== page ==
Saturday, 2 March 2013

New work from Giles Watson

A Study, In March
It is colder than it looks; it’s still that time
when a chance shaft of sunlight feels
like a caress. Lambs etch the air with their
plaintiveness, tottering, suckling, folding
their soft limbs back on themselves
to rest on dew-drenched grass. Shadows
arch, tight-strung as bows. Lichens
crawl up trees, infinitesimally. Branches
subdivide a firmament of almost-lapis.
But it is the foreground that irks him
in his fingerless gloves, mixing the perfect
shade for Lady’s Smock, priming the Primrose
on its stalk like the Word in its spinning-
place. It is becoming paint and dwelling
among us. Then he takes his finest brush,
charges it with a colour close to saffron,
pulls out a hand-lens, and pricks in stamens –
thinks his way down into the pollen grains.
Hours later, he looks up, and the sheep
have wandered. The sky has turned
ominous. The first colours of his palette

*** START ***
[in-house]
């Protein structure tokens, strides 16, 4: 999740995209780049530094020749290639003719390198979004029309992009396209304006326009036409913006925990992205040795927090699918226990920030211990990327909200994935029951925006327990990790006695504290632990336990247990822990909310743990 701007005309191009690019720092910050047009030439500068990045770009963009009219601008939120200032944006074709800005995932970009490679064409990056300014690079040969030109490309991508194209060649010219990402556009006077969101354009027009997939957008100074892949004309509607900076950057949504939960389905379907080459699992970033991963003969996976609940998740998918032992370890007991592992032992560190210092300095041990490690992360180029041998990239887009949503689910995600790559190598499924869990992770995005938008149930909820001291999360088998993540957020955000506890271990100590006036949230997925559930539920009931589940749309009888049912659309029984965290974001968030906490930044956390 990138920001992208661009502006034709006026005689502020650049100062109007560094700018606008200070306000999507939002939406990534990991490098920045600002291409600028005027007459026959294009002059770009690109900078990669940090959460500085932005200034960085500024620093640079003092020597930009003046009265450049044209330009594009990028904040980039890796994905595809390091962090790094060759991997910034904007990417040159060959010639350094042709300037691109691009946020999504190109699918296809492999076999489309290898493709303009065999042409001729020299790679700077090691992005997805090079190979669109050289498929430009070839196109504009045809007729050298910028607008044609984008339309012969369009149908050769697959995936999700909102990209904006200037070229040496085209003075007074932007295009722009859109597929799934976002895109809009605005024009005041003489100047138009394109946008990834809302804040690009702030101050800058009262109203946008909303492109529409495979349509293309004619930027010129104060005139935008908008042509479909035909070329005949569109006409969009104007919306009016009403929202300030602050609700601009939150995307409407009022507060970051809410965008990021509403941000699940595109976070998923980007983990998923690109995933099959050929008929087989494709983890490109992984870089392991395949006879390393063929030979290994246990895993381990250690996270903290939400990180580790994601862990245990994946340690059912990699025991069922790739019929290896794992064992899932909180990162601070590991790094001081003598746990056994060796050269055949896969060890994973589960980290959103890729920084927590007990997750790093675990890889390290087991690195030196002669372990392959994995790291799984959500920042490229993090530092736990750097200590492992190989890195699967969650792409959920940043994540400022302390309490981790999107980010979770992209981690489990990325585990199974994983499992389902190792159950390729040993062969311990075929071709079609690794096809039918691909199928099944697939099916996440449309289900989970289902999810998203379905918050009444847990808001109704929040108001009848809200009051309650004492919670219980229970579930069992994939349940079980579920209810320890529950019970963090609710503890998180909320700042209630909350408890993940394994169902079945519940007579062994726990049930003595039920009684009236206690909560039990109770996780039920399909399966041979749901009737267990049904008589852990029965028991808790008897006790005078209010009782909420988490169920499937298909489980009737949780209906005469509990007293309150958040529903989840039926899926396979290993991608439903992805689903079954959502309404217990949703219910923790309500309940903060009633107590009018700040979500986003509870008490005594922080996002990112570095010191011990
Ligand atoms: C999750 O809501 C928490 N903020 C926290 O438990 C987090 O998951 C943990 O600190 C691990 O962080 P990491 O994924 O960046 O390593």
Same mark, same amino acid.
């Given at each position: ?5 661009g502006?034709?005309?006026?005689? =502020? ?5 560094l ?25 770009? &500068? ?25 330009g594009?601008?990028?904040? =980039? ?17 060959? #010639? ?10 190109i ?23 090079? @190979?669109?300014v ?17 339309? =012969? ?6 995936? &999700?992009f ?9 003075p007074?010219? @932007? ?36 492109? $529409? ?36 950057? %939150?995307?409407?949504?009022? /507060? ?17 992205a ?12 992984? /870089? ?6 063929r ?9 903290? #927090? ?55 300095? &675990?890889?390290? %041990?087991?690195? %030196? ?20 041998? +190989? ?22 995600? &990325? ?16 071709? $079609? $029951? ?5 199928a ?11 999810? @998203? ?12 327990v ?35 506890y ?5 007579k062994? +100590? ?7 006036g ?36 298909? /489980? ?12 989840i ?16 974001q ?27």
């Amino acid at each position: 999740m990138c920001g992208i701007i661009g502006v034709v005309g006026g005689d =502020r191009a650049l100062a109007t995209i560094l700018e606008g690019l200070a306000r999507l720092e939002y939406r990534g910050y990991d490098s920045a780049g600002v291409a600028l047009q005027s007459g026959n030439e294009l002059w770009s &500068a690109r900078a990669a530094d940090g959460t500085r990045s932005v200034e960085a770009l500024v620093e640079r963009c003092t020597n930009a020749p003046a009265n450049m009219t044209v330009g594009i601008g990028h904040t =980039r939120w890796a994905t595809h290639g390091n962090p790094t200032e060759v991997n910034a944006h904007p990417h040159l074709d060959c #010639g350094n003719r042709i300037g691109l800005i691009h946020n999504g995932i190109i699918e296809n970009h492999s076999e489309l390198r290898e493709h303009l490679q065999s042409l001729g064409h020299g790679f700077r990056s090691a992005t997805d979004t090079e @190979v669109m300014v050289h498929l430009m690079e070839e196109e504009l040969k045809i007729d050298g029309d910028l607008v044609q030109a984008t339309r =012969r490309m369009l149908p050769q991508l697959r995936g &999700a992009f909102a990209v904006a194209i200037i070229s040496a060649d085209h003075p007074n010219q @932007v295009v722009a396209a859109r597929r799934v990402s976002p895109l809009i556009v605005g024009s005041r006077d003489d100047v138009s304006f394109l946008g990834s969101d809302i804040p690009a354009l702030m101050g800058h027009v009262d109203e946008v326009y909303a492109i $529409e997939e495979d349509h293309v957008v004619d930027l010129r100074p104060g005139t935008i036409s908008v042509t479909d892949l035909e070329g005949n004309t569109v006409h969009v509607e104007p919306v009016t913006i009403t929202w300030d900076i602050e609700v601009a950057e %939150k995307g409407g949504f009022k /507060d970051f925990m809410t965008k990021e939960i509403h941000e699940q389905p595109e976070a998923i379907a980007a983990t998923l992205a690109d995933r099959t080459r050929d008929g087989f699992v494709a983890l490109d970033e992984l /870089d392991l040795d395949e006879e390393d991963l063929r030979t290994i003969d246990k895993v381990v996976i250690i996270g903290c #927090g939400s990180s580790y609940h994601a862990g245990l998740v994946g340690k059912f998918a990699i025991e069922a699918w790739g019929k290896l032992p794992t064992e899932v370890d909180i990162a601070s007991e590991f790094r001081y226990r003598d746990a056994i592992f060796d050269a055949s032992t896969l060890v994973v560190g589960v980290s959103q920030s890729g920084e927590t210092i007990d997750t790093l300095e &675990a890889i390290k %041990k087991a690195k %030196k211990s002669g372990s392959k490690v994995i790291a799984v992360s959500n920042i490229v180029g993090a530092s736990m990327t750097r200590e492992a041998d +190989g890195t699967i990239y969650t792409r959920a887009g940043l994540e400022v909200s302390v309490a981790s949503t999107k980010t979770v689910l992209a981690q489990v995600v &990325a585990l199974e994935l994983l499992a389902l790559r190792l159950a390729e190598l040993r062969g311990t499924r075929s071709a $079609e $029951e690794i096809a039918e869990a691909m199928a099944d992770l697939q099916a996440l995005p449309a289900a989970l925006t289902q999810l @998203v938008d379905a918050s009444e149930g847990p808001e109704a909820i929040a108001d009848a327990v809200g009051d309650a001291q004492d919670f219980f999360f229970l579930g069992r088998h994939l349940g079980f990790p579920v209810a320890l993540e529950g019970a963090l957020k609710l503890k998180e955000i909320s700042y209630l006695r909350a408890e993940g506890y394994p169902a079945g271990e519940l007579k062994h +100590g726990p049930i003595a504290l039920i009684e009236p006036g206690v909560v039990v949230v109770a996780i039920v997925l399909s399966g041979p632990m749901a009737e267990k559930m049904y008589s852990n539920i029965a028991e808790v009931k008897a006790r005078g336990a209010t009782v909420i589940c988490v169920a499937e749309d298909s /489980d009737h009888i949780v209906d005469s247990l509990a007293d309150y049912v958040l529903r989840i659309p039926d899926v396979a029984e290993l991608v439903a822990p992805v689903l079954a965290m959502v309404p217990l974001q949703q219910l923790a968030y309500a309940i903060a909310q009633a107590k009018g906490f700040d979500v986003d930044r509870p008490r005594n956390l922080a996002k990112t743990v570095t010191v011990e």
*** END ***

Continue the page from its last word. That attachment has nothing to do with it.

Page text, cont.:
are congealed at the edges. It is painting
as an act of devotion, the creator in praise
of the One who numbers every bristle
of the brush. Show it to people these days
in reproduction. They say, “Oh! I thought
for a moment it was a photograph.”
Poem by Giles Watson, 2013. A response to John William Inchbold’s utterly sensational painting, A Study, in March (c. 1855), in the Ashmolean Museum, Oxford. The Ashmolean’s own website asserts that the painting “epitomises the Pre-Raphaelite approach to landscape painting, which sacrificed perspective to careful finish”; it forgets to mention that it also epitomises a mid-Victorian predilection for the close-observation of nature. It is often the foregrounds which turn Pre-Raphaelite paintings from chocolate-box compositions into masterpieces.

No comments:

Post a Comment